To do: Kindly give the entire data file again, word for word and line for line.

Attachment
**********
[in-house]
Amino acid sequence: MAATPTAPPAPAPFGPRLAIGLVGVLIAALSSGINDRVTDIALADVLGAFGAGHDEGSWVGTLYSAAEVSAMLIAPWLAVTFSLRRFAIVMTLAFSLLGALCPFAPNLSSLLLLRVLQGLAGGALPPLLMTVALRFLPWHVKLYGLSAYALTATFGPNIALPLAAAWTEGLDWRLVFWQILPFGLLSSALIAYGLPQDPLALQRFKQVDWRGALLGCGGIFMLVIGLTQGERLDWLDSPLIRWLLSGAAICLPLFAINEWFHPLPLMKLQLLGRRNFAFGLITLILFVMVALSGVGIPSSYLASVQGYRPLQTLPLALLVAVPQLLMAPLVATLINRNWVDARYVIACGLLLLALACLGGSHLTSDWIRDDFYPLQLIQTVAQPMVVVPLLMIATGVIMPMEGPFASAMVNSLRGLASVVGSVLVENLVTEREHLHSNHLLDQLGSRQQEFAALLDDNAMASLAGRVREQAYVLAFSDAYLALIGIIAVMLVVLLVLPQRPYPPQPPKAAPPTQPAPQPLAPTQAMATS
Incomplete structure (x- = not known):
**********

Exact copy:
[in-house]
Amino acid sequence: MAATPTAPPAPAPFGPRLAIGLVGVLIAALSSGINDRVTDIALADVLGAFGAGHDEGSWVGTLYSAAEVSAMLIAPWLAVTFSLRRFAIVMTLAFSLLGALCPFAPNLSSLLLLRVLQGLAGGALPPLLMTVALRFLPWHVKLYGLSAYALTATFGPNIALPLAAAWTEGLDWRLVFWQILPFGLLSSALIAYGLPQDPLALQRFKQVDWRGALLGCGGIFMLVIGLTQGERLDWLDSPLIRWLLSGAAICLPLFAINEWFHPLPLMKLQLLGRRNFAFGLITLILFVMVALSGVGIPSSYLASVQGYRPLQTLPLALLVAVPQLLMAPLVATLINRNWVDARYVIACGLLLLALACLGGSHLTSDWIRDDFYPLQLIQTVAQPMVVVPLLMIATGVIMPMEGPFASAMVNSLRGLASVVGSVLVENLVTEREHLHSNHLLDQLGSRQQEFAALLDDNAMASLAGRVREQAYVLAFSDAYLALIGIIAVMLVVLLVLPQRPYPPQPPKAAPPTQPAPQPLAPTQAMATS
Incomplete structure (x- = not known):